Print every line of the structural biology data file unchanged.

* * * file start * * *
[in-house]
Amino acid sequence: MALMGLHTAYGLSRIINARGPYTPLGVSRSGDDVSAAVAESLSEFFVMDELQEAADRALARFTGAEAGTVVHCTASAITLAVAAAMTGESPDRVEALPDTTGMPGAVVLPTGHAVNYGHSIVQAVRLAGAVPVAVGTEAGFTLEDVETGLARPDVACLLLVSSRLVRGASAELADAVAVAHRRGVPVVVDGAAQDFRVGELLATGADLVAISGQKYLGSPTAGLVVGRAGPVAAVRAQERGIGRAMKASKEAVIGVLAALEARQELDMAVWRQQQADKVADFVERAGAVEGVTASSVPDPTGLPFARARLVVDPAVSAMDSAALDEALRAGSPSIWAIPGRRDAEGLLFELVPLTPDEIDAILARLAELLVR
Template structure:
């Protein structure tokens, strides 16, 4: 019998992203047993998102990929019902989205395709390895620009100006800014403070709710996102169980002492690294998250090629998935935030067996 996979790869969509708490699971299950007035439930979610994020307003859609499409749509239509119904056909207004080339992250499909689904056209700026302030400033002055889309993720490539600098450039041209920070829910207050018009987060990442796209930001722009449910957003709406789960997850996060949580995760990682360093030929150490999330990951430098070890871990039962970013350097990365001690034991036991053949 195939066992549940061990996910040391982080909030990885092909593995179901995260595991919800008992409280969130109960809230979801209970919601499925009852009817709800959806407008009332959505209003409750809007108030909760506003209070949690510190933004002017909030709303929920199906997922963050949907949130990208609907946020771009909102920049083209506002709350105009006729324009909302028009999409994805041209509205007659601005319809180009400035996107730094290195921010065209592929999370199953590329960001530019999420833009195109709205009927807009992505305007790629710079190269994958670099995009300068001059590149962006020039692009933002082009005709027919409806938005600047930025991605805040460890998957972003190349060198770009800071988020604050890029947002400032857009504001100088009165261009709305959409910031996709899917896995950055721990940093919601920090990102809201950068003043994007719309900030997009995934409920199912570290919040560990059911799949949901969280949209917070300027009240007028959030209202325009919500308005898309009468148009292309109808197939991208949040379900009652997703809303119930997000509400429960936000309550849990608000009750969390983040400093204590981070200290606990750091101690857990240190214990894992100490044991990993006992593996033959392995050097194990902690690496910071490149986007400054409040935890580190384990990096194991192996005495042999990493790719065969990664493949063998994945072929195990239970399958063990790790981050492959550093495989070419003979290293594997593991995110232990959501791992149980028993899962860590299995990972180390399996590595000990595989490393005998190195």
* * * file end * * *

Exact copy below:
[in-house]
Amino acid sequence: MALMGLHTAYGLSRIINARGPYTPLGVSRSGDDVSAAVAESLSEFFVMDELQEAADRALARFTGAEAGTVVHCTASAITLAVAAAMTGESPDRVEALPDTTGMPGAVVLPTGHAVNYGHSIVQAVRLAGAVPVAVGTEAGFTLEDVETGLARPDVACLLLVSSRLVRGASAELADAVAVAHRRGVPVVVDGAAQDFRVGELLATGADLVAISGQKYLGSPTAGLVVGRAGPVAAVRAQERGIGRAMKASKEAVIGVLAALEARQELDMAVWRQQQADKVADFVERAGAVEGVTASSVPDPTGLPFARARLVVDPAVSAMDSAALDEALRAGSPSIWAIPGRRDAEGLLFELVPLTPDEIDAILARLAELLVR
Template structure:
């Protein structure tokens, strides 16, 4: 019998992203047993998102990929019902989205395709390895620009100006800014403070709710996102169980002492690294998250090629998935935030067996 996979790869969509708490699971299950007035439930979610994020307003859609499409749509239509119904056909207004080339992250499909689904056209700026302030400033002055889309993720490539600098450039041209920070829910207050018009987060990442796209930001722009449910957003709406789960997850996060949580995760990682360093030929150490999330990951430098070890871990039962970013350097990365001690034991036991053949 195939066992549940061990996910040391982080909030990885092909593995179901995260595991919800008992409280969130109960809230979801209970919601499925009852009817709800959806407008009332959505209003409750809007108030909760506003209070949690510190933004002017909030709303929920199906997922963050949907949130990208609907946020771009909102920049083209506002709350105009006729324009909302028009999409994805041209509205007659601005319809180009400035996107730094290195921010065209592929999370199953590329960001530019999420833009195109709205009927807009992505305007790629710079190269994958670099995009300068001059590149962006020039692009933002082009005709027919409806938005600047930025991605805040460890998957972003190349060198770009800071988020604050890029947002400032857009504001100088009165261009709305959409910031996709899917896995950055721990940093919601920090990102809201950068003043994007719309900030997009995934409920199912570290919040560990059911799949949901969280949209917070300027009240007028959030209202325009919500308005898309009468148009292309109808197939991208949040379900009652997703809303119930997000509400429960936000309550849990608000009750969390983040400093204590981070200290606990750091101690857990240190214990894992100490044991990993006992593996033959392995050097194990902690690496910071490149986007400054409040935890580190384990990096194991192996005495042999990493790719065969990664493949063998994945072929195990239970399958063990790790981050492959550093495989070419003979290293594997593991995110232990959501791992149980028993899962860590299995990972180390399996590595000990595989490393005998190195």